Why the crisis shows us what went wrong at New Work
In a time when hundreds of thousands of employees working in healthcare, retail and logistics are doing an incredible job, not being able to choose when they want to work, where they want to work from, what they want to work or "democratizing" their work environment. But rather have to get a job done which is relevant for millions and millions of people around the globe, with a fixed agenda and at a fixed place, it becomes pretty transparent that the New Work discussion that we have been leading so far has been a "rather-relevant-primarily-for-an-elite-class-of-knowledge-workers"-discussion. So far, this has not really been about increasing flexibility for cashiers or people storing shelves - it has not been about increasing work-life-balances of nurses or medical assistants.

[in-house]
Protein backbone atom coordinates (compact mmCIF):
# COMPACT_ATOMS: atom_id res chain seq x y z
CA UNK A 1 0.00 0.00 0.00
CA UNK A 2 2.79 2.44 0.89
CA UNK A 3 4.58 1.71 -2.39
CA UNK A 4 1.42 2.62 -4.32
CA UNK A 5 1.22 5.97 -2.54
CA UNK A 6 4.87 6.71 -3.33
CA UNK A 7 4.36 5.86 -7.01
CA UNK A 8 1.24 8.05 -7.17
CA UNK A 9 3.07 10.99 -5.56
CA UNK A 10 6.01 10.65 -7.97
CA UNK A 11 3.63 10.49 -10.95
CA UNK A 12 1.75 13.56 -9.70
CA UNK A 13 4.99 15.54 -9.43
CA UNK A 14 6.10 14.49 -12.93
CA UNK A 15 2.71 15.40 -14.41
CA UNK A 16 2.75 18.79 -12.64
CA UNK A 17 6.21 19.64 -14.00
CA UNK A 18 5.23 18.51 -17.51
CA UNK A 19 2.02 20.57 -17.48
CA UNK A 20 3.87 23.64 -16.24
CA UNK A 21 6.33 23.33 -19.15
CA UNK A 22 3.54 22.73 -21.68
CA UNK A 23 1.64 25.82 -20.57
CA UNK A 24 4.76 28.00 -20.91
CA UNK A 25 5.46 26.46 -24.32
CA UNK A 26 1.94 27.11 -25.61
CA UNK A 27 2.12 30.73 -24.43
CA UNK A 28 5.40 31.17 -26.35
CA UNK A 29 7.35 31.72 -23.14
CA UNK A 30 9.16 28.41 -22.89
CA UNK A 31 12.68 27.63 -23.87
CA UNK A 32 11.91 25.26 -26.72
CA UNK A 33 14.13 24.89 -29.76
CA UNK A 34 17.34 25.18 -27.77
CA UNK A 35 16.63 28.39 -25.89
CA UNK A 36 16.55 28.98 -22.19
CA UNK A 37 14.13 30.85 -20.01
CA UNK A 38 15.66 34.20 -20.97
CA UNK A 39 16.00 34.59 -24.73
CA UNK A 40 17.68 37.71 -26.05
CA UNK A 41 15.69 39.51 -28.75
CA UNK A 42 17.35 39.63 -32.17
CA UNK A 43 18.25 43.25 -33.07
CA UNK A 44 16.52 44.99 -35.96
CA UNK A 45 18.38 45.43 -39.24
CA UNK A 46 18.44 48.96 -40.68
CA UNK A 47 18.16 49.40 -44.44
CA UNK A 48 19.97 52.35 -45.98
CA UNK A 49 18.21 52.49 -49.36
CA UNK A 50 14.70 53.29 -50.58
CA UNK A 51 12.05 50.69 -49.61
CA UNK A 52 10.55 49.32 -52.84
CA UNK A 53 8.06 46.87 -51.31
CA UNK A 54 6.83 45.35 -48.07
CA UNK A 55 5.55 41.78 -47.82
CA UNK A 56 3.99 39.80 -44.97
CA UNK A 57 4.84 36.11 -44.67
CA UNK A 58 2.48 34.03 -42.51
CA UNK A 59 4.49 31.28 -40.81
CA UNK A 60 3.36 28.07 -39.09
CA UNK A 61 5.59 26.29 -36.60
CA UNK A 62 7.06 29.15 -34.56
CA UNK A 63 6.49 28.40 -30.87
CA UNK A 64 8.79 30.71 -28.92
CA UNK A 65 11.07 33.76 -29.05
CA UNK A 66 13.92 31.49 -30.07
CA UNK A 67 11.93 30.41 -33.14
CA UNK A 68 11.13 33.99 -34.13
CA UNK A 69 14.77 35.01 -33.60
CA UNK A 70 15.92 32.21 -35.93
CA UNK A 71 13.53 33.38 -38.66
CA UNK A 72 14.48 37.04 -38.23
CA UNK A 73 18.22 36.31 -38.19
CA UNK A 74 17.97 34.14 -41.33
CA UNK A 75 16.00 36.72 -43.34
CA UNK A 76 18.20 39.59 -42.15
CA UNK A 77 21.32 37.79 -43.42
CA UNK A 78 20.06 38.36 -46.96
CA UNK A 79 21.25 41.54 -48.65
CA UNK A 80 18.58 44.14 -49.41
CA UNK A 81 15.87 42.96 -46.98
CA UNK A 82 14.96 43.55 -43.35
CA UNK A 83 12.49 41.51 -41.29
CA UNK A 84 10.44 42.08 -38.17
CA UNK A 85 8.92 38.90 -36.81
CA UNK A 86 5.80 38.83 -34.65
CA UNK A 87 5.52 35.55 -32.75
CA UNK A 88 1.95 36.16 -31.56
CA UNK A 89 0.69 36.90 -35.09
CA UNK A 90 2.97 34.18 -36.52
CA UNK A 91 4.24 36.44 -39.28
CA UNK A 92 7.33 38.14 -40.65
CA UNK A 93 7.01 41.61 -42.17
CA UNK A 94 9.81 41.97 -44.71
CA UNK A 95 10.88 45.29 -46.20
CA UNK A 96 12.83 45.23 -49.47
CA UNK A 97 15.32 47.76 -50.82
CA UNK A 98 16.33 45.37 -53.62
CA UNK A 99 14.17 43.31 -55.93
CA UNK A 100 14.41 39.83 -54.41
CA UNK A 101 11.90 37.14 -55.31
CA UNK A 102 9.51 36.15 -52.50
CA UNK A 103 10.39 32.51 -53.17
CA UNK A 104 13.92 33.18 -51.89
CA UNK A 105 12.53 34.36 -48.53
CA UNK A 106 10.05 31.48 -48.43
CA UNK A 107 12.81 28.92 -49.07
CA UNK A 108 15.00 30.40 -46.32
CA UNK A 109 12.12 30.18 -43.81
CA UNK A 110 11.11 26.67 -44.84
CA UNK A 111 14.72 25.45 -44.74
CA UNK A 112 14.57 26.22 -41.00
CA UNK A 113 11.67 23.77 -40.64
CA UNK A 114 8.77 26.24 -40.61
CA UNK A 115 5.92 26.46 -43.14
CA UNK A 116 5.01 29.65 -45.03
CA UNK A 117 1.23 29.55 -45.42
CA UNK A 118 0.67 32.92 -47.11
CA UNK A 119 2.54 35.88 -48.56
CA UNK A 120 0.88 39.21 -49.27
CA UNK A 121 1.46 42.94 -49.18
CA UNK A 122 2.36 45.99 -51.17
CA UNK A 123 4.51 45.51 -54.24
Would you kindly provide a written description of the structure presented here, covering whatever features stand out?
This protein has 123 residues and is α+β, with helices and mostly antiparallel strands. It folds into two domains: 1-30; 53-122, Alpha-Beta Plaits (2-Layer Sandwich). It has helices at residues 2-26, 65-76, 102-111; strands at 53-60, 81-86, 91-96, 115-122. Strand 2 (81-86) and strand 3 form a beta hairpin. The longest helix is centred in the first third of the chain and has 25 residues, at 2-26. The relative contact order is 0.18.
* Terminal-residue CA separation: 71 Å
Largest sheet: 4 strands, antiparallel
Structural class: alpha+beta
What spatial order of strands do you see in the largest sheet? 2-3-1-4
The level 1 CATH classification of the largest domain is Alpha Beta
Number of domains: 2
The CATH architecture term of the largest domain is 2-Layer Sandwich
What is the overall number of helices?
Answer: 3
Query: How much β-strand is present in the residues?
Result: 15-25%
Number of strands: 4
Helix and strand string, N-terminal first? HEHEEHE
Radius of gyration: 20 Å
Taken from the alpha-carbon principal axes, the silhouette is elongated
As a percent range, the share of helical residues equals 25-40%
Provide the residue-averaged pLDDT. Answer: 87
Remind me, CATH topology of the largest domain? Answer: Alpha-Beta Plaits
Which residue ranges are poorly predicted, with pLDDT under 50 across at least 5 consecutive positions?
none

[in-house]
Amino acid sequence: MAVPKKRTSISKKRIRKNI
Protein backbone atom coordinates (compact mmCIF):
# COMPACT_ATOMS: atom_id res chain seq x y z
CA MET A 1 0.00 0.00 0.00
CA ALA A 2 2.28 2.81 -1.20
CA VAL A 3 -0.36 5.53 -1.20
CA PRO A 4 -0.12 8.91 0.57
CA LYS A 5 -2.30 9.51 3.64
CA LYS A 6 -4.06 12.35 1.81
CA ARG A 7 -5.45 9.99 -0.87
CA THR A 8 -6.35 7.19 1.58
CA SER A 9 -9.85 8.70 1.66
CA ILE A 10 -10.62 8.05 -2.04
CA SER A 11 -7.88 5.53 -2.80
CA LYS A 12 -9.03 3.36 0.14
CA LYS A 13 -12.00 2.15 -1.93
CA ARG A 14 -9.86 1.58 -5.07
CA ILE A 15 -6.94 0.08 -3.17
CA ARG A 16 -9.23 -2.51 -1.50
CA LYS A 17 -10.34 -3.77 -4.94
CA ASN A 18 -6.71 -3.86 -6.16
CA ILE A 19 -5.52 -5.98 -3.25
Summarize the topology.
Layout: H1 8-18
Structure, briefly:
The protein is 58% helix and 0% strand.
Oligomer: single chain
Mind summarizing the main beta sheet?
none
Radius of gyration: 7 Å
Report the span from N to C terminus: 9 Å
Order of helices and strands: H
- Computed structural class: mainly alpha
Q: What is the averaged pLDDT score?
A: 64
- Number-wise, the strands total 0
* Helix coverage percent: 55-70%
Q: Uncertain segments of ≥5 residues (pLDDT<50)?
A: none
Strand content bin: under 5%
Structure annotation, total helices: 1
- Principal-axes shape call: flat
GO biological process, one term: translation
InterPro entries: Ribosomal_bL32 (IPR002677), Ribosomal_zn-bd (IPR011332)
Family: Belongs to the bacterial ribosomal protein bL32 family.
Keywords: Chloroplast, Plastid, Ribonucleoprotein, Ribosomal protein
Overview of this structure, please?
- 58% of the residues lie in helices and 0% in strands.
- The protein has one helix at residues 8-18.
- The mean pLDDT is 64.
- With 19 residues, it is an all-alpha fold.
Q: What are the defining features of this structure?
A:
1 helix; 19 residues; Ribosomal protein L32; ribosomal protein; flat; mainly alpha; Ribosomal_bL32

From a standpoint of today, the New Work discussion of the last couple of years has been a ridiculously irrelevant discussion, not focusing on things that really matter in the end - and in addition, not a very inclusive one, to be honest! But rather excluding system-critical professions, not having the luxury of asking all those questions mentioned above.
Workforce management helps to put New Work into practice
So, is there no "New Work" for these professions?
Oh, yes there is: we call it Workforce Management! It is e.g. about tools and processes that optimize shift planning, that individualize & flexibilize your daily work, that increase the work-life-balance. And not only limited to an exclusive elite - but for everyone!
Hey HR, it's time for a change! Democratize New Work! Now!!
Learn more about Workforce Management.